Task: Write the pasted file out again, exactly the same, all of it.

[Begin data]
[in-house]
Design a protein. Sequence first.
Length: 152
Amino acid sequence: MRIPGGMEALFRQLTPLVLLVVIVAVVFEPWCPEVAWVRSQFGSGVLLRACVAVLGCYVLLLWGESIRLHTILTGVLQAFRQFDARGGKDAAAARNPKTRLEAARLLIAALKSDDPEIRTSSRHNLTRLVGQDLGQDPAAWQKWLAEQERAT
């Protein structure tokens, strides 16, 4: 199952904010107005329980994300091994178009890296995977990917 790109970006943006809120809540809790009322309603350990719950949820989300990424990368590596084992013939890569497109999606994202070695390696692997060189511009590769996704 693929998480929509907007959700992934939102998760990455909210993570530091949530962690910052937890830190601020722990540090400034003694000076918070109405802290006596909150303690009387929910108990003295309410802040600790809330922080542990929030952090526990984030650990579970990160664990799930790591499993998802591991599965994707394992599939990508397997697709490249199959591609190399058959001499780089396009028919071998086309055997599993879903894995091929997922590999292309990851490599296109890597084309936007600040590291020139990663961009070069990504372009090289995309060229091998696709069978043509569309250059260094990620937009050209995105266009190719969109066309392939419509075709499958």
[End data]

[in-house]
Design a protein. Sequence first.
Length: 152
Amino acid sequence: MRIPGGMEALFRQLTPLVLLVVIVAVVFEPWCPEVAWVRSQFGSGVLLRACVAVLGCYVLLLWGESIRLHTILTGVLQAFRQFDARGGKDAAAARNPKTRLEAARLLIAALKSDDPEIRTSSRHNLTRLVGQDLGQDPAAWQKWLAEQERAT
């Protein structure tokens, strides 16, 4: 199952904010107005329980994300091994178009890296995977990917 790109970006943006809120809540809790009322309603350990719950949820989300990424990368590596084992013939890569497109999606994202070695390696692997060189511009590769996704 693929998480929509907007959700992934939102998760990455909210993570530091949530962690910052937890830190601020722990540090400034003694000076918070109405802290006596909150303690009387929910108990003295309410802040600790809330922080542990929030952090526990984030650990579970990160664990799930790591499993998802591991599965994707394992599939990508397997697709490249199959591609190399058959001499780089396009028919071998086309055997599993879903894995091929997922590999292309990851490599296109890597084309936007600040590291020139990663961009070069990504372009090289995309060229091998696709069978043509569309250059260094990620937009050209995105266009190719969109066309392939419509075709499958």